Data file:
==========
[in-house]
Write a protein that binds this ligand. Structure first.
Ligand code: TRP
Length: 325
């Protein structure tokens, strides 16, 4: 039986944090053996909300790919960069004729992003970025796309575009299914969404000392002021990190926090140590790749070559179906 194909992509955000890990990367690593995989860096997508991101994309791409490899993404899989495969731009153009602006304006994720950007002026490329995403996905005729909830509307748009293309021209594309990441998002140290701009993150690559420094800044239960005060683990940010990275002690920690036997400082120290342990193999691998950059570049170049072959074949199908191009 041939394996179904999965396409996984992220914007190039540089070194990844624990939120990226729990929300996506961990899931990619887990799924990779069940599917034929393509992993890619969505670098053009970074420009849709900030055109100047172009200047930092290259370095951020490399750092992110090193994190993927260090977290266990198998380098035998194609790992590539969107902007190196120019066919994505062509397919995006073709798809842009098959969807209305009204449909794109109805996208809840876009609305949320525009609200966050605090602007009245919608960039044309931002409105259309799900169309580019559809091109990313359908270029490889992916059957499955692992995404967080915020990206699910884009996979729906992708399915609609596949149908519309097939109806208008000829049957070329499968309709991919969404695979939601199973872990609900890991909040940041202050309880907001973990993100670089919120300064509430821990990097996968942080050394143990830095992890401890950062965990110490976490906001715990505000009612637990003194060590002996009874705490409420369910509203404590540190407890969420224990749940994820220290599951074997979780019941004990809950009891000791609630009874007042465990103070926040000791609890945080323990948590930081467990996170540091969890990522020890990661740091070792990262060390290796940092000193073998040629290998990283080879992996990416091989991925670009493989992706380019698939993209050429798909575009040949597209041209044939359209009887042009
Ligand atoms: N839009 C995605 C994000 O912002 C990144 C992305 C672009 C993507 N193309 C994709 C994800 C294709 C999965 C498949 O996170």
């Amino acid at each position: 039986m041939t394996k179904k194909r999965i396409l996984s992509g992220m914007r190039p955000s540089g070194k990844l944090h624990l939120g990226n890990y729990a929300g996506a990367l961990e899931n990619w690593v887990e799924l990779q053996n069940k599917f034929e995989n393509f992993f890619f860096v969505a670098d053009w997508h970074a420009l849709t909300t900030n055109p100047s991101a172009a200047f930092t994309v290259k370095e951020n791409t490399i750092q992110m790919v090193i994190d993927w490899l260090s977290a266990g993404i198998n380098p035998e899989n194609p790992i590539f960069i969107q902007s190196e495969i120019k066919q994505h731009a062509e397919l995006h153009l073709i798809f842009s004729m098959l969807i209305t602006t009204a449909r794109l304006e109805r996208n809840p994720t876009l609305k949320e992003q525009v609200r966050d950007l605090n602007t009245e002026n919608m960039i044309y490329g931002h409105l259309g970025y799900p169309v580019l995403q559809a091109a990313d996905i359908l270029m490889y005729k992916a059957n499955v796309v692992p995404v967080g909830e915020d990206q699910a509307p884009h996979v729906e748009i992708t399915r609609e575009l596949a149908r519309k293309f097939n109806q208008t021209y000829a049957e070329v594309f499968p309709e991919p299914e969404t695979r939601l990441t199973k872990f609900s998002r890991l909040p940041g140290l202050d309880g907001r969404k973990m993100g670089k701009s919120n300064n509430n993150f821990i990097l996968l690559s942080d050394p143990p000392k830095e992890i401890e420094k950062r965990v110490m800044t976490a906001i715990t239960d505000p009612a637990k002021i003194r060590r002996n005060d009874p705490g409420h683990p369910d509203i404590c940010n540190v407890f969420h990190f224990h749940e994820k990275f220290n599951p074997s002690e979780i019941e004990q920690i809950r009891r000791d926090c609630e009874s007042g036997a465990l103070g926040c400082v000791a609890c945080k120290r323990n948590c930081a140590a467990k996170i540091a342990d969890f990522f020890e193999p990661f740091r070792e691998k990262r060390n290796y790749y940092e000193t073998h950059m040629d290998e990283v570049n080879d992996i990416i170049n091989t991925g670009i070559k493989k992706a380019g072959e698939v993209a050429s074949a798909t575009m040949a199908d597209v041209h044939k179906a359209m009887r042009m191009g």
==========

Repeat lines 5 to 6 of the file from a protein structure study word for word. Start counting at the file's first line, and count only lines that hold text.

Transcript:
């Protein structure tokens, strides 16, 4: 039986944090053996909300790919960069004729992003970025796309575009299914969404000392002021990190926090140590790749070559179906 194909992509955000890990990367690593995989860096997508991101994309791409490899993404899989495969731009153009602006304006994720950007002026490329995403996905005729909830509307748009293309021209594309990441998002140290701009993150690559420094800044239960005060683990940010990275002690920690036997400082120290342990193999691998950059570049170049072959074949199908191009 041939394996179904999965396409996984992220914007190039540089070194990844624990939120990226729990929300996506961990899931990619887990799924990779069940599917034929393509992993890619969505670098053009970074420009849709900030055109100047172009200047930092290259370095951020490399750092992110090193994190993927260090977290266990198998380098035998194609790992590539969107902007190196120019066919994505062509397919995006073709798809842009098959969807209305009204449909794109109805996208809840876009609305949320525009609200966050605090602007009245919608960039044309931002409105259309799900169309580019559809091109990313359908270029490889992916059957499955692992995404967080915020990206699910884009996979729906992708399915609609596949149908519309097939109806208008000829049957070329499968309709991919969404695979939601199973872990609900890991909040940041202050309880907001973990993100670089919120300064509430821990990097996968942080050394143990830095992890401890950062965990110490976490906001715990505000009612637990003194060590002996009874705490409420369910509203404590540190407890969420224990749940994820220290599951074997979780019941004990809950009891000791609630009874007042465990103070926040000791609890945080323990948590930081467990996170540091969890990522020890990661740091070792990262060390290796940092000193073998040629290998990283080879992996990416091989991925670009493989992706380019698939993209050429798909575009040949597209041209044939359209009887042009
Ligand atoms: N839009 C995605 C994000 O912002 C990144 C992305 C672009 C993507 N193309 C994709 C994800 C294709 C999965 C498949 O996170």